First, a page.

4 Ways to Keep a Small Company Culture as Your Business Grows
Join us for a free, live webinar and learn how to drive revenue with content marketing. Tune in 8/4 at 10:30 a.m. PT. Register Now »
Most startups are looking to grow. But once success hits, how can you scale your company without shedding the shared values and culture that helped make you successful in the first place?
FreshBooks, a cloud accounting company based in Toronto, started in 2003 as a handful of people in a small office. Today, more than 5 million people have used FreshBooks to manage their books and we now have more than 90 employees.
As we've moved beyond our initial startup stages, here are four ways that we strive to keep our small business values as we continue to grow:
1. Keep a small-business owner's perspective. When we were a really small business, it was easy to empathize with the pains felt by our small business customers -- be it paperwork keeping them from the work they love, to struggling to grow their own businesses. As we grow, it's critical that we continue to see things from the small business owner's perspective.
Empathy is important in more than just customer support. From marketers to product design and quality assurance, we want our employees to all be able to step inside the small business owner's shoes and then focus on how to make their lives easier.
2. Build a foundation of shared beliefs. Every business has its own culture, whether you define one or not. It doesn't mean that all of your employees must think exactly the same way as management does. But by creating a set of shared beliefs, everyone has a framework for how to set priorities, make decisions, treat customers, and treat each other.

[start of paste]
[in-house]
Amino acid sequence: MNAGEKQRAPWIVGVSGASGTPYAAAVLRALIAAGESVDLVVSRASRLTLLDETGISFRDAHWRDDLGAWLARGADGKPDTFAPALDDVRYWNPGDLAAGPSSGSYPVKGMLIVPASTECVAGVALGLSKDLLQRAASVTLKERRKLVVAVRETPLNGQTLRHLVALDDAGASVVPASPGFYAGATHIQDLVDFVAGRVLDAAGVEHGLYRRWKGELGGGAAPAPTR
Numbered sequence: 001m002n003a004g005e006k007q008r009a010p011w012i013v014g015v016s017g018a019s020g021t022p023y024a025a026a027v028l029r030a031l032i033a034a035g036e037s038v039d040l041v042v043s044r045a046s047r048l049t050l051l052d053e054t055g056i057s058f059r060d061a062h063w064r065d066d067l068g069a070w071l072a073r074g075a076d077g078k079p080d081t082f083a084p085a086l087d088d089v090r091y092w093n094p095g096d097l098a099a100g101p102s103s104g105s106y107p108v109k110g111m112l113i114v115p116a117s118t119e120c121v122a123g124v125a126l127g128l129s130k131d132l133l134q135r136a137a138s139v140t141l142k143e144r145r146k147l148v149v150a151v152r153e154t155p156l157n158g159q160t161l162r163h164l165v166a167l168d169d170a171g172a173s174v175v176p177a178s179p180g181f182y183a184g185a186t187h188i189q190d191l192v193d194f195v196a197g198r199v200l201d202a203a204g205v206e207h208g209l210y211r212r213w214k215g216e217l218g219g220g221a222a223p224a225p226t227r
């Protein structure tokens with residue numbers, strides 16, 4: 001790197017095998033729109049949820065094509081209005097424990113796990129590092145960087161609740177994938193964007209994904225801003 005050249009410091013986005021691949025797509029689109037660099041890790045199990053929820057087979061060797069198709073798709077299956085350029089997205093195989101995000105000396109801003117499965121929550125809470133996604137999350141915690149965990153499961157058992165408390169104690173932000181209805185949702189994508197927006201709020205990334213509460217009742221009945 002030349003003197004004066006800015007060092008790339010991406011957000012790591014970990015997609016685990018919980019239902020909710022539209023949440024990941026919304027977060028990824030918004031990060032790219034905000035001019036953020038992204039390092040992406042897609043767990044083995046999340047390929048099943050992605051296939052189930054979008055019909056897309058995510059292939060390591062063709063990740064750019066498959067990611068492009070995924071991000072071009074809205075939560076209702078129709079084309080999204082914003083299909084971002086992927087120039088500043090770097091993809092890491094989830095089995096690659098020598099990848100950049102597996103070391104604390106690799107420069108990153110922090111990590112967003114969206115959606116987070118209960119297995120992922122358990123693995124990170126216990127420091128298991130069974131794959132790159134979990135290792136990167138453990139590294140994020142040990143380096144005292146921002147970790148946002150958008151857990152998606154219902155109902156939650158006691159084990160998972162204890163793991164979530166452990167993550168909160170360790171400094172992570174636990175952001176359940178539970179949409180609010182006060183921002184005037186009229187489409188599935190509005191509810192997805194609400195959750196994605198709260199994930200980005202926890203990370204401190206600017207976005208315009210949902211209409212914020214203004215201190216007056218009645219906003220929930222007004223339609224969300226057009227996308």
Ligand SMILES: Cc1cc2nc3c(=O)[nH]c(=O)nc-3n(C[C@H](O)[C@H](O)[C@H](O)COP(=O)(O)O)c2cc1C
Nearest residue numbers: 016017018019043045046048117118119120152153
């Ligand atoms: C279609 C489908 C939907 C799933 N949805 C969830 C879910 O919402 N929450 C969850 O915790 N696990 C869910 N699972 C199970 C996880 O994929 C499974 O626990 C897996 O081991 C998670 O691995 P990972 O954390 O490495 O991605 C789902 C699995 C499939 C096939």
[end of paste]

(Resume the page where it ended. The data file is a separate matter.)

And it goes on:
To keep your company's core beliefs fresh in everyone's mind, consider writing them down somewhere highly visable. For example, online retailer, Zappos, has the 10 core values of the company written on every staff member's nametag. Whether you do this or not, the actions of your company's leaders will always speak louder than any words in the corporate manual.
3. Create open channels of communication. When your company is small everyone wears multiple hats and experiences the business from multiple dimensions. As a company grows, communication can become a labyrinth and employees get pigeonholed into one or two roles.
At FreshBooks, we've taken a unique approach to keep the small company dynamic. Everyone (executive management included) rotates through customer support. A customer might get the CEO one day or a developer the next day. We take this unorthodox approach because we want everyone at the company to stay close to the customers.
4. Develop company culture outside business hours. If a company expects employees to love its customers, the company must love its employees. We include a lot activities outside of the office -- in fact, fun is one of our values. For example, one weekend every year, the entire company and their families take a group vacation.